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The Woodmen

Page history last edited by Lenore Frost 8 months, 2 weeks ago

Time Travellers in Essendon, Flemington and the Keilor Plains 

Articles

 

 

 

THE WOODMEN

 

by Marilyn Kenny

 

The recent revamp and extension of the Essendon Station north eastern car park has removed almost every trace of the infrastructure that previously occupied the site. Almost everything, except a small set of steps on the Mount Alexander Road side, which now lead nowhere, but which in the past gave access to the wood yards, the site’s previous occupants.

 

Steps to the woodyard, a remnant of the past. From Mt Alexander Road,

looking west into the car park.   Photo: Marilyn Kenny, 2019.

 

Wood yards used to be ubiquitous, or looking back so it seems. Large railway sidings filled with mountains of wood of all shapes and sizes and black, lumpy heaps in a faded red half shed. Smaller allotments with advertising hoardings hiding their innards but smelling of wood sap and coal dust. They seemed to exist out of time and place. Until the coming of natural gas our population was dependent for heating and cooking on solid fuels, and so it had ever been. Households needed fuel merchants to source, process, and usually deliver the product of choice. Wood and coal were as vital a utility as water, and a dependable fuel merchant as important as a bank manager, though without the same status.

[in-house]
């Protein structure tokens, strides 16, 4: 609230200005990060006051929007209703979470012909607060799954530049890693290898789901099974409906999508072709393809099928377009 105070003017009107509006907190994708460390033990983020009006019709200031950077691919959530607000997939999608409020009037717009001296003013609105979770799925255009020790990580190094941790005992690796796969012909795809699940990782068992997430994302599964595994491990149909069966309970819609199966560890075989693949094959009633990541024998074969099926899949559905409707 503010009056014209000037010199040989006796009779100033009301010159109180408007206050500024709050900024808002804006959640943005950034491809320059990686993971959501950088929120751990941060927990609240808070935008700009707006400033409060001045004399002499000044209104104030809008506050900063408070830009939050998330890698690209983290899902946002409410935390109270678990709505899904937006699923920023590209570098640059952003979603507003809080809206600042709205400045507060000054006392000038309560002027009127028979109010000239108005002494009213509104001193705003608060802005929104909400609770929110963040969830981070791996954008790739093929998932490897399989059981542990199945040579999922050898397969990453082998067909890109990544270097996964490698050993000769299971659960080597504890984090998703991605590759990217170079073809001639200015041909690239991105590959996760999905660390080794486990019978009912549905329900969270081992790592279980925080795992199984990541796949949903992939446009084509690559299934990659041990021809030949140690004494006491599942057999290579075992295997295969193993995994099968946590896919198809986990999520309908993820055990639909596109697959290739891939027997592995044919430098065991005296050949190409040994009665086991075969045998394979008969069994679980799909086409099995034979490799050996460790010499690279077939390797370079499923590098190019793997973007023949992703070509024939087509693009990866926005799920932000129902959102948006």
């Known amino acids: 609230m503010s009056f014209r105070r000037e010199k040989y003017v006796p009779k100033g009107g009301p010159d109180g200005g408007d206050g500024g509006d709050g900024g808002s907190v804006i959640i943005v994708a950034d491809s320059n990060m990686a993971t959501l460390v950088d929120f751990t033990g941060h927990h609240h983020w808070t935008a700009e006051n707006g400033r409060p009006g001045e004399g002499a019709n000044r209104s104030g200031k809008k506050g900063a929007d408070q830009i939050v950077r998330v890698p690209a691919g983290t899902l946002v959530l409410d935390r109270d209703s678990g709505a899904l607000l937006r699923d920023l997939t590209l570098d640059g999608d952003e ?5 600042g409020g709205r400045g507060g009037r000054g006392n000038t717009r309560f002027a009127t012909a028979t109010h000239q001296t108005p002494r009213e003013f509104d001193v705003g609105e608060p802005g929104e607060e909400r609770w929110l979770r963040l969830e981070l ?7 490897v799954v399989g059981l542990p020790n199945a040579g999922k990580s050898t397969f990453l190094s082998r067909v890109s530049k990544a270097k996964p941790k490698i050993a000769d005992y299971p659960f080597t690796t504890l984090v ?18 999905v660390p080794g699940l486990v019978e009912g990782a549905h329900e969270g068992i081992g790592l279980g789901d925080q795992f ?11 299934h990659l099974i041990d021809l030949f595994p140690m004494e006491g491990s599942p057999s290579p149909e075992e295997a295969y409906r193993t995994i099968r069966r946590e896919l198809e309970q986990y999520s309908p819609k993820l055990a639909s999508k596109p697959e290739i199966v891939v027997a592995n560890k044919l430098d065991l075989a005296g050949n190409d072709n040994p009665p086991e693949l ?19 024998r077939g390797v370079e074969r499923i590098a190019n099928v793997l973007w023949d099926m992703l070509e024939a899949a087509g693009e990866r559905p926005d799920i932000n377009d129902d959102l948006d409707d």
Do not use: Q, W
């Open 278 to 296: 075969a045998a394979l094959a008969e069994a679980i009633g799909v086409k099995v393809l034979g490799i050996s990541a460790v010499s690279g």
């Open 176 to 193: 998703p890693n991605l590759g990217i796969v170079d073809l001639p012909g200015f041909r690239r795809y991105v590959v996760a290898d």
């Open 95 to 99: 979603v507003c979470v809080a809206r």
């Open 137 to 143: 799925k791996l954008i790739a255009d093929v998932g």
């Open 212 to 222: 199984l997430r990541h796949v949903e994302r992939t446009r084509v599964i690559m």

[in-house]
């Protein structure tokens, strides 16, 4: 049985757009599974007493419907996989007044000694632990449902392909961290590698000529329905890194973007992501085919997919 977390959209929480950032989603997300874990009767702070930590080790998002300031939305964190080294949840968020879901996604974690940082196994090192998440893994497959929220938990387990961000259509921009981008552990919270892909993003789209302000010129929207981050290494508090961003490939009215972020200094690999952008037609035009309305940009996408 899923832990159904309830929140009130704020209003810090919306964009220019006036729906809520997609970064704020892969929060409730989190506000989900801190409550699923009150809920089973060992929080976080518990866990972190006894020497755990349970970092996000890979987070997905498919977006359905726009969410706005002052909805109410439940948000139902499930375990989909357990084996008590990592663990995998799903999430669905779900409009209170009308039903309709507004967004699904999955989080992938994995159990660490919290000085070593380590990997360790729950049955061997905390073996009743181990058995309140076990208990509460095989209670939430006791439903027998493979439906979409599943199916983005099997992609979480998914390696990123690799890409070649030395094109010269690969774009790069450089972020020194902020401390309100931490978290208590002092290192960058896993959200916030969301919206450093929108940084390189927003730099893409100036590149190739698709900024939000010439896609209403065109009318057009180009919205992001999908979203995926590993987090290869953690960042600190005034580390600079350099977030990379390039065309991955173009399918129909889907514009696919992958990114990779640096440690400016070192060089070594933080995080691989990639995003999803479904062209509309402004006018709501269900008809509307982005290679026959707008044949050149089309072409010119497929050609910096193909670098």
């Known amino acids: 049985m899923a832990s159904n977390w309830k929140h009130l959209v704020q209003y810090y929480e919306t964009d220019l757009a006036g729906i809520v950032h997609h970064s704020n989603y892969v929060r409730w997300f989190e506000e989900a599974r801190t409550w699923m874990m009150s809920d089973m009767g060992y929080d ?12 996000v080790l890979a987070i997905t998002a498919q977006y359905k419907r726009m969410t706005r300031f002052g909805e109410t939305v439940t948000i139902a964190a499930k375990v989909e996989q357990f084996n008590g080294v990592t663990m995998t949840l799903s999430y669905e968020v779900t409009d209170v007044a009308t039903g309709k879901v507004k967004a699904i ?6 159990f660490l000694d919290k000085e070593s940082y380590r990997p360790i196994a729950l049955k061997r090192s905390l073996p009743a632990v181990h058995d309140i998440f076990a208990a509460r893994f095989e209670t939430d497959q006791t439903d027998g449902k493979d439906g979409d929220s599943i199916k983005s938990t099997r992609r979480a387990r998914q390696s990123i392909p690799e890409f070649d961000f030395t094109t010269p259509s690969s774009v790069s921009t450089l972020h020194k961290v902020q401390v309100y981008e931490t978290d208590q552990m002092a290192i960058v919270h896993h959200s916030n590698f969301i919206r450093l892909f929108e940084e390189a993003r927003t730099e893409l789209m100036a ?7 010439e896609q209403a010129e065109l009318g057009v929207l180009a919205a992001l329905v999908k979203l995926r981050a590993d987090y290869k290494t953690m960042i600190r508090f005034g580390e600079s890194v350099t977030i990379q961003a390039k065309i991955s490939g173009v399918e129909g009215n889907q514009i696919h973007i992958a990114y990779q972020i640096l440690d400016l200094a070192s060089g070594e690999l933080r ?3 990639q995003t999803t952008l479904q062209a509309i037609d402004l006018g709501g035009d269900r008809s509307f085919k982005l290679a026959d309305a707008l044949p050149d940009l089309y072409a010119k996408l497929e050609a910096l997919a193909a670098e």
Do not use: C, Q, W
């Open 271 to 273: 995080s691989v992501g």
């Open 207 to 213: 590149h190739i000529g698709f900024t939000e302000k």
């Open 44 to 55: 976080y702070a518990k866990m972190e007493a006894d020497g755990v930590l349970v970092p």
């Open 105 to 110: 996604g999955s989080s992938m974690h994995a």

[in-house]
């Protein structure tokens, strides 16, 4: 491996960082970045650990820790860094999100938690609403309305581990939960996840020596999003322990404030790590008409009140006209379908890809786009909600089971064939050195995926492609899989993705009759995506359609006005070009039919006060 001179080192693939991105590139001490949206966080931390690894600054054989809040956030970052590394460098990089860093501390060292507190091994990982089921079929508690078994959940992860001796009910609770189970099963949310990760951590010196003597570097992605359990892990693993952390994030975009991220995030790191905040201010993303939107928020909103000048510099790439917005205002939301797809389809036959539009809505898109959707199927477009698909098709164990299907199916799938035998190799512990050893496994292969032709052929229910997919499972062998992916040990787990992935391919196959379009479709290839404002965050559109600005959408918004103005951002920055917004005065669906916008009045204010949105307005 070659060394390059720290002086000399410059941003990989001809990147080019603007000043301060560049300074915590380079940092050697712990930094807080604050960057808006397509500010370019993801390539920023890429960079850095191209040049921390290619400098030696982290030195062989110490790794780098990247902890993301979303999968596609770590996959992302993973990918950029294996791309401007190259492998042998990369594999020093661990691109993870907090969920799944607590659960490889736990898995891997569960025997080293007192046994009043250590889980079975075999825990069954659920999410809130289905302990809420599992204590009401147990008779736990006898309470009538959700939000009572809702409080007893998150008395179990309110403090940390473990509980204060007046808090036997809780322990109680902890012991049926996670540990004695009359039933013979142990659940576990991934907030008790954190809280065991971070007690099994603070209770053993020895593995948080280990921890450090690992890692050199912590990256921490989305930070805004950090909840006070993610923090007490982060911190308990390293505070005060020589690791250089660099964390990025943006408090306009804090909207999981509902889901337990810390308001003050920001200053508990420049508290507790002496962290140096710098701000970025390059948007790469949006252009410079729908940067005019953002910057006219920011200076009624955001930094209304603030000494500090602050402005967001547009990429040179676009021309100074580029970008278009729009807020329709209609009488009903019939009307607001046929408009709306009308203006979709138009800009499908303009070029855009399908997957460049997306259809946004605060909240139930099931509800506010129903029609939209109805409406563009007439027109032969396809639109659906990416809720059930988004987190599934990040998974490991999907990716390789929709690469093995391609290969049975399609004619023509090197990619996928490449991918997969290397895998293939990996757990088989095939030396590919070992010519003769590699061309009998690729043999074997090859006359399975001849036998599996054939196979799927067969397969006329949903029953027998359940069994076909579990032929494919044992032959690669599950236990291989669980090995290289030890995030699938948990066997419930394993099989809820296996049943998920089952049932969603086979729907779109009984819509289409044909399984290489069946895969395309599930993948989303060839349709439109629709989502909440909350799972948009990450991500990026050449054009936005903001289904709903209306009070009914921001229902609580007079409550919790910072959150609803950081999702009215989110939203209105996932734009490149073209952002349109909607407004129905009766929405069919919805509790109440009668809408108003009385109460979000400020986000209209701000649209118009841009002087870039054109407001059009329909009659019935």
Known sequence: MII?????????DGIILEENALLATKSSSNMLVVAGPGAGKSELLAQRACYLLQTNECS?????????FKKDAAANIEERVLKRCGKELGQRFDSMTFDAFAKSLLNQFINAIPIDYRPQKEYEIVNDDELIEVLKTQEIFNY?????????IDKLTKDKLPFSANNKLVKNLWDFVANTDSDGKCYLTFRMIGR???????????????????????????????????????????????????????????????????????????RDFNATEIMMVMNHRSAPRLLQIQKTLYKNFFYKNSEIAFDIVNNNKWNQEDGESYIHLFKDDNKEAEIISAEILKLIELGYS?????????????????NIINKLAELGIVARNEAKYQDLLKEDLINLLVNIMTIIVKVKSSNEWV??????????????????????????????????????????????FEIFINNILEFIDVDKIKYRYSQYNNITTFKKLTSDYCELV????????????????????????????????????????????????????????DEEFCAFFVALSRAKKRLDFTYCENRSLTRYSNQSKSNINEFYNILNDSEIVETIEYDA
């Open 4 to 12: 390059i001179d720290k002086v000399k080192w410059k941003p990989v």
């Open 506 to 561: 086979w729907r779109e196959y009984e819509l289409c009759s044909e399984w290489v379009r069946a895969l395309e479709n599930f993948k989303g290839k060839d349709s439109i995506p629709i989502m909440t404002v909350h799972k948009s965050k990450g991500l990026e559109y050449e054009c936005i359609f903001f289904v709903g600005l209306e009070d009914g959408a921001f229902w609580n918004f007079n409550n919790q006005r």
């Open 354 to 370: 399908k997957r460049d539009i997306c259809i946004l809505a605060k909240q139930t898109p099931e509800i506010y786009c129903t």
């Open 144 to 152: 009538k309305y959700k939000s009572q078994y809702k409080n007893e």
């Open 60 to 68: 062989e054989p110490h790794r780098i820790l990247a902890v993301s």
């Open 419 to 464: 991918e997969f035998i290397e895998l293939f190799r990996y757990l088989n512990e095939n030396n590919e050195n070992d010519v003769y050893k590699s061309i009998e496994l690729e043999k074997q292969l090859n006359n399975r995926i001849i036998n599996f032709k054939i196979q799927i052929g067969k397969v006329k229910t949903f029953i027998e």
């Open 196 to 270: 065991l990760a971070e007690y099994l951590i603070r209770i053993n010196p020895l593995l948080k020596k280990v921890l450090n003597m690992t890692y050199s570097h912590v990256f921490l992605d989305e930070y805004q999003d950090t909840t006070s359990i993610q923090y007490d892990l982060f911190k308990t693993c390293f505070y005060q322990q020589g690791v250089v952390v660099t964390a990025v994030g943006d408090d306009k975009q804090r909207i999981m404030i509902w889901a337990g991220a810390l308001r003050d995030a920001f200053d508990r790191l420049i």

The large yard at Essendon Station was established by 1901 when Duncan McLennan and Matthew Harris were listed in the directory as being off Railway Place. Both these men  were established wood merchants, who also operated out of the North Melbourne railway yards, though both lived locally in Grice and Spencer Streets, respectively. Firewood Allotments were leased via a tendering process and in 1900 seemed to attract rentals of 12/- a month.

 

George Stuckey 1838-1909.  Image courtesy of

Terry Francis, Find a Grave